3. Optimism contributes to my success. Time and again, experiments in the social sciences have shown that the expectation of success has a significant impact upon actual achievement. When Iím confident of reaching a goal, Iím inspired to work harder to get to it, and Iím more alert to opportunities that will help me move toward it. Also, my confidence inspires others to act in ways that help me reach my goal. Iím not suggesting that we ever should purposely manipulate others against their will to further our own purposes. But if Iím working toward a goal that Christ has inspired within me, then Iíll best allow him to motivate others to help me when my attitude is optimistic.

By the same token, when we expect failure, we easily and subtly end up doing the very things that bring it about. The servant who hid his talent is a classic example. He was so afraid of a negative outcome that he did the very thing that would bring about his downfall (Mt 25:14-30). It was the optimistic servants who invested their talents and realized both success and the praise of their master. We should realize that for Christians optimism is not only okay but desirable when taking major steps. This is part of what faith is about. When we have taken reasonable steps to make a careful decision, we should also take reasonable steps to keep our heart expectant as we work toward our goal. If we need to exercise some thought control, we should do so. We shouldnít regard this as falsely ďpsyching ourselves upĒ but as good stewardship of our mental process.

We should confront the fear of failure with constant reminders that God desires our best and that we have good reason to be hopeful of reaching our goal.

The Positive Side of Failure

Yes, we fear failure. But the bite of a fear is remarkably lessened once weíre persuaded that even if the worst occurred it wouldnít be so bad after all. There are actually significant benefits that failure can bring to us. Understanding these will not only reduce our anxiety about it but also give us fresh heart to try again if disappointment does occur.

While we shouldnít court failure or overtly desire it, neither should we harbor unreasonable apprehensions about it. Itís these fears which stifle us from taking steps of faith. We can find the courage to take these steps once we realize that even if failure should occur, we will still benefit from the experience and be better off than if we had simply sat still.

In reality, failure not only helps us grow in important ways but contributes to our long-range experience of success, when we know how to accept it and appropriate its benefits. There are at least three ways in which this can happen:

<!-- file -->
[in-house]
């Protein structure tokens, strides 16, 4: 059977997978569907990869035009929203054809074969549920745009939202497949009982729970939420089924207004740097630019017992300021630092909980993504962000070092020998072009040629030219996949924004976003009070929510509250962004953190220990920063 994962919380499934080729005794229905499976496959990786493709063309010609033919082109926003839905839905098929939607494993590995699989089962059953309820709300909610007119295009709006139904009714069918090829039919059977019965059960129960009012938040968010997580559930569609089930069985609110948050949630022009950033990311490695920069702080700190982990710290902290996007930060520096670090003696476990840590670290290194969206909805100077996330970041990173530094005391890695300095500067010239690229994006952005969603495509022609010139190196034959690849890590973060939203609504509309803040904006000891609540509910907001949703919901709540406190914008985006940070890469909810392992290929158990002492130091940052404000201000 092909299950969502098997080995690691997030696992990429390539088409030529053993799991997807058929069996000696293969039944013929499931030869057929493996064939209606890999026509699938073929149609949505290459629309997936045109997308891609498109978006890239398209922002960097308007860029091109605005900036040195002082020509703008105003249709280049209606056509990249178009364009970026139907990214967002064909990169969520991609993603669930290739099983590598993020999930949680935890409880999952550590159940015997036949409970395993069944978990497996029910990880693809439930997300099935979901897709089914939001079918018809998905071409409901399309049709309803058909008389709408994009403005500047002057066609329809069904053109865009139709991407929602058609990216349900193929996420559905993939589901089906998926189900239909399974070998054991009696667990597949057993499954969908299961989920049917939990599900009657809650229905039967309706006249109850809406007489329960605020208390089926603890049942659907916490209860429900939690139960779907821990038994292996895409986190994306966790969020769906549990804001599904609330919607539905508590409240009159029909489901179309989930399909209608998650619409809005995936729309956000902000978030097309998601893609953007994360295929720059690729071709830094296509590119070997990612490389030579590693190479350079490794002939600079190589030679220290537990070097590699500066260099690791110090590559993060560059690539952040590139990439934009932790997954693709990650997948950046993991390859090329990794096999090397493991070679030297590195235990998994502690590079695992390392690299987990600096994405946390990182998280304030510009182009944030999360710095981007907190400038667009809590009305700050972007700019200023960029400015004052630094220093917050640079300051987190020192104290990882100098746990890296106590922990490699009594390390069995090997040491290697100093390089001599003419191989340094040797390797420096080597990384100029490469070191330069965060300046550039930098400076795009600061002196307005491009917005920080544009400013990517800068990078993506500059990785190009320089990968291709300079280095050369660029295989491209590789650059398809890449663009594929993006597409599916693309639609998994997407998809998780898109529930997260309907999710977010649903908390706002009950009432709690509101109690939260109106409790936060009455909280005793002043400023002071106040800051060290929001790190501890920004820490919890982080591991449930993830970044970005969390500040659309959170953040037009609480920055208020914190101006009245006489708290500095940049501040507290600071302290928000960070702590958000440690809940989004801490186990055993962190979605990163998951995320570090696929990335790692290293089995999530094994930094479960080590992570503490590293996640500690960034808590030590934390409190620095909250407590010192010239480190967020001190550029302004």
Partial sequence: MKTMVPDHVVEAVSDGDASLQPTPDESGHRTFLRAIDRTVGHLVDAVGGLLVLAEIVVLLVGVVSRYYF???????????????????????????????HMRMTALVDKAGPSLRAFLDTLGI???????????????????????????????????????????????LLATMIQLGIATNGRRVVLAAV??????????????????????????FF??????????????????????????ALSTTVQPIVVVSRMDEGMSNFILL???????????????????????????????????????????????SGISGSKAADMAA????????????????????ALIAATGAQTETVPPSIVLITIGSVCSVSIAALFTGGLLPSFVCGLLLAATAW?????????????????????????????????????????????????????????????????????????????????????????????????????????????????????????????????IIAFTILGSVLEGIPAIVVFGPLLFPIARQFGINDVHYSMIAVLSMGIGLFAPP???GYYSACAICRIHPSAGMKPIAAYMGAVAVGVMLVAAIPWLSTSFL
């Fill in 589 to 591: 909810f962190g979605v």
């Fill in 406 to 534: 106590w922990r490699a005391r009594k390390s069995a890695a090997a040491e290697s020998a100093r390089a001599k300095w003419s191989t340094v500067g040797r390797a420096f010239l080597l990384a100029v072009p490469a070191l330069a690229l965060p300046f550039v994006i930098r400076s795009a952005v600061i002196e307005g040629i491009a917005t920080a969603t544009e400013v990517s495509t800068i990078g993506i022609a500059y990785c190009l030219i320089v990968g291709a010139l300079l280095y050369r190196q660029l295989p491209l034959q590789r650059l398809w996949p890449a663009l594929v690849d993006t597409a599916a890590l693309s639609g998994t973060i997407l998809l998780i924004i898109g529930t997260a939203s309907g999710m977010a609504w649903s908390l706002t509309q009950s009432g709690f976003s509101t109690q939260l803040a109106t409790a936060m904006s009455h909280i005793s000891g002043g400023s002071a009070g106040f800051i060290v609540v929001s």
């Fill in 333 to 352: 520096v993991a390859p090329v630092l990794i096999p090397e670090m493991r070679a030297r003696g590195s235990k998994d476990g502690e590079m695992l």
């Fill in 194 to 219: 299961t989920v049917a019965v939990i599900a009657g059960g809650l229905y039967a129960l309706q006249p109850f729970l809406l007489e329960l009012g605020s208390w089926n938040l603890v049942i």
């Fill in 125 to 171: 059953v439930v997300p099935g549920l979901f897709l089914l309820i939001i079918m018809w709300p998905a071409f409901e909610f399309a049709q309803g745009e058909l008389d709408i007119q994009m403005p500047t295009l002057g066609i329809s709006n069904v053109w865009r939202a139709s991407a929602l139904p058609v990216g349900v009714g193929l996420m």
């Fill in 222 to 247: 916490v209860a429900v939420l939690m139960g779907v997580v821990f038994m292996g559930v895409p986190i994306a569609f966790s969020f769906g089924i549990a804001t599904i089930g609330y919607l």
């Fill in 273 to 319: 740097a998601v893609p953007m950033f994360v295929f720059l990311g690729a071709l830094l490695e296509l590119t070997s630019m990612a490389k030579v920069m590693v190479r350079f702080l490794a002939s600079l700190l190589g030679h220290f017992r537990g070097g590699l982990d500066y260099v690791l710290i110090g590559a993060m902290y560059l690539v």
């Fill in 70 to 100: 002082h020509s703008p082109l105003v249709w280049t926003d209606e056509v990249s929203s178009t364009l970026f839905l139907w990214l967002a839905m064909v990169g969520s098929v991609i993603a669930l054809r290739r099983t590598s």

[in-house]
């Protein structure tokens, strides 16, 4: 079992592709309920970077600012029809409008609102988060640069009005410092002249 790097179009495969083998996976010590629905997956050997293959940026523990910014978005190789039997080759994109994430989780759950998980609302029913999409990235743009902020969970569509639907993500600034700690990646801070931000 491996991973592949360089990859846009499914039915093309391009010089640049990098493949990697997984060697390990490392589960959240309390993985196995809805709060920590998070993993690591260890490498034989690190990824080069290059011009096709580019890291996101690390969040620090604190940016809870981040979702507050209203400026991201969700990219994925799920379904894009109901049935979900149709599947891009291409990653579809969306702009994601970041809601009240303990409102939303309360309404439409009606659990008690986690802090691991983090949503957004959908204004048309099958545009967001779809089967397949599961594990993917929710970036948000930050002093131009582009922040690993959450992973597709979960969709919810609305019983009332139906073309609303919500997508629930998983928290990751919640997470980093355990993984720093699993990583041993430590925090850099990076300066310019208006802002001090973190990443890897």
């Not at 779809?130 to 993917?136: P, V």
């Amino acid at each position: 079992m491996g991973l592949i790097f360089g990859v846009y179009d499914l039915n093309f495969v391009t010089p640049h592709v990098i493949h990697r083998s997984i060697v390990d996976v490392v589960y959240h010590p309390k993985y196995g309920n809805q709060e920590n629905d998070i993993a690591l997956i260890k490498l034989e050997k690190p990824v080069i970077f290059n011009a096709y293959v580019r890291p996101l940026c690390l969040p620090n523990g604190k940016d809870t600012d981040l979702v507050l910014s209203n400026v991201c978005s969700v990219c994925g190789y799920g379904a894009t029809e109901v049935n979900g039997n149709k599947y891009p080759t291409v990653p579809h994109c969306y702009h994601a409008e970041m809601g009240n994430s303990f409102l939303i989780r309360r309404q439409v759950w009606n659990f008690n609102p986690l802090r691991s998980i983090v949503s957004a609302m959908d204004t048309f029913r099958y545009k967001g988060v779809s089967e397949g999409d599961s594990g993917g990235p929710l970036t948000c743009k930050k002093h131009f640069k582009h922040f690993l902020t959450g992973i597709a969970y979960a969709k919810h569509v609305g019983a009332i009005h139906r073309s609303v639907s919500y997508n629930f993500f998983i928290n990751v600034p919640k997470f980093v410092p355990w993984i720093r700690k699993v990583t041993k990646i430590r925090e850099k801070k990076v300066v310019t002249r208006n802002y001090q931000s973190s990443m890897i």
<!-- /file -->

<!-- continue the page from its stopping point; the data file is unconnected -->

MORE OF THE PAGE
1. Through failure we learn how to be successful. The most obvious benefit of failure is that through it our experience grows. Through a hands-on experience we learn in a most authentic way how not to do something. Lessons gleaned from experience generally stick with us much better and are much more beneficial than those merely learned academically. If we apply what weíve learned to our future experience, our possibility of success is increased significantly.

Most of us, if weíll look honestly at our lives, will admit that certain hard experiences have done much to teach us and equip us for the quality of life we now live. Failures in relationships have taught us how to relate to people better. Failures in academic and work experiences have taught us how to approach certain types of work more effectively. Failures in parenting have taught us how to better encourage and guide our children. Business failures have given us a wiser approach to investments. Moral and spiritual defeat has taught us how to draw more fully on the power of Christ. Through all of these experiences weíve come to understand our own gifts, strengths and weaknesses better, and that in turn has given us a more confident grasp of Godís direction in our life.

These experiences can benefit us if we can take them in the right spirit. Some discouragement is normal when failure and disappointment come, and we need to allow ourselves the freedom to grieve significant losses and setbacks. Yet the point comes where we need to begin to take a more positive look at our failure and see what beneficial lessons can be gained from it. The danger is that we get paralyzed by our failure. We assume that failure once means failure forever. We conclude that God is against us and has shown us our fate through this unhappy experience. We lose the courage to try again.

At such times we must put into practice everything we know about the creative power of God. He is telling us to learn what we can from our failure and move on. And so often when we do, we find that vital growth has come through the experience that could not have come any other way. A friend of mine has put it simply, that one of our main concerns in life should be to learn to be a ďsuccessful failure.Ē

Again, this principle will serve us well not only in the face of actual failure but as we anticipate the risks involved in taking a step of faith. Even if failure comes, it may provide a vital growth experience, which contributes toward our future success in significant ways. The fear of failure is reduced when we come to appreciate this important benefit.

2. Failure can carry a success of its own. A second point to remember is that experiences that we initially perceive to be failures sometimes in the end turn out to be successes. We find we called the shots wrong.

Christian psychiatrist Paul Tournier writes about one of his most humiliating experiences, which occurred when he was giving a talk at a university:

I felt right from the first word that I was not going to make contact with my audience. I clung to my notes and laboriously recited, with growing nervousness, what I had to say. As the audience left I could see my friends slipping hurriedly away. . . . On the way home in my car with my wife, I burst into tears.*

The next day a professor of philosophy phoned him and said that the talk was indeed the worst he had ever heard. But he added that while he had sat through numerous erudite lectures in his lifetime that had left no impression on him, somehow he was drawn to Tournier. A lasting friendship between the two developed, which resulted in the professorís coming to Christ. Tournier now looks back upon that discouraging lecture as one of the great successes of his life.

Tournierís experience reminds us that failure can have more than just educational value. The failure may in fact be a success that we donít yet recognize. There are times when we fail to live up to our own expectations but fulfill Godís quite well. The experience we perceive to be a failure may indeed be a success in his mind, contributing in a most positive way to our future and to his intentions for our life. God understands success much better than we do.